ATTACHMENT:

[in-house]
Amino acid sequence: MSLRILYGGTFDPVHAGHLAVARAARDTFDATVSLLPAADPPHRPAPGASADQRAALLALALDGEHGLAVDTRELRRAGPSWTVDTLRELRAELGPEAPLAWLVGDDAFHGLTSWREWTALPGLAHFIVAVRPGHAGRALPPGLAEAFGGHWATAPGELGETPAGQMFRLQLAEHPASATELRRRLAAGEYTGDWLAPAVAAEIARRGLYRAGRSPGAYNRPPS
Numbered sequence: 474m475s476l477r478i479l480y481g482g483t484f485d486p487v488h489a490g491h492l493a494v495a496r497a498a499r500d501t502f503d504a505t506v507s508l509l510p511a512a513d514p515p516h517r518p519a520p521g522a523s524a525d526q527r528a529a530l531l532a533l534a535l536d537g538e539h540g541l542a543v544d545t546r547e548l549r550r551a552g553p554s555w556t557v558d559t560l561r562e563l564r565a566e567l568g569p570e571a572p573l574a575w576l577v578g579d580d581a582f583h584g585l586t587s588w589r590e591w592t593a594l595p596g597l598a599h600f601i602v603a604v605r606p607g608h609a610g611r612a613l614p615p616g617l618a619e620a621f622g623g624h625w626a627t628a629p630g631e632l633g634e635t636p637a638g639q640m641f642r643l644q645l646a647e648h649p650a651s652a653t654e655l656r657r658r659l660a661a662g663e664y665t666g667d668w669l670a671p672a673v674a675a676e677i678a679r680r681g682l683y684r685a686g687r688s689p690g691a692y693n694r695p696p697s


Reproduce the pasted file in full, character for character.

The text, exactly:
[in-house]
Amino acid sequence: MSLRILYGGTFDPVHAGHLAVARAARDTFDATVSLLPAADPPHRPAPGASADQRAALLALALDGEHGLAVDTRELRRAGPSWTVDTLRELRAELGPEAPLAWLVGDDAFHGLTSWREWTALPGLAHFIVAVRPGHAGRALPPGLAEAFGGHWATAPGELGETPAGQMFRLQLAEHPASATELRRRLAAGEYTGDWLAPAVAAEIARRGLYRAGRSPGAYNRPPS
Numbered sequence: 474m475s476l477r478i479l480y481g482g483t484f485d486p487v488h489a490g491h492l493a494v495a496r497a498a499r500d501t502f503d504a505t506v507s508l509l510p511a512a513d514p515p516h517r518p519a520p521g522a523s524a525d526q527r528a529a530l531l532a533l534a535l536d537g538e539h540g541l542a543v544d545t546r547e548l549r550r551a552g553p554s555w556t557v558d559t560l561r562e563l564r565a566e567l568g569p570e571a572p573l574a575w576l577v578g579d580d581a582f583h584g585l586t587s588w589r590e591w592t593a594l595p596g597l598a599h600f601i602v603a604v605r606p607g608h609a610g611r612a613l614p615p616g617l618a619e620a621f622g623g624h625w626a627t628a629p630g631e632l633g634e635t636p637a638g639q640m641f642r643l644q645l646a647e648h649p650a651s652a653t654e655l656r657r658r659l660a661a662g663e664y665t666g667d668w669l670a671p672a673v674a675a676e677i678a679r680r681g682l683y684r685a686g687r688s689p690g691a692y693n694r695p696p697s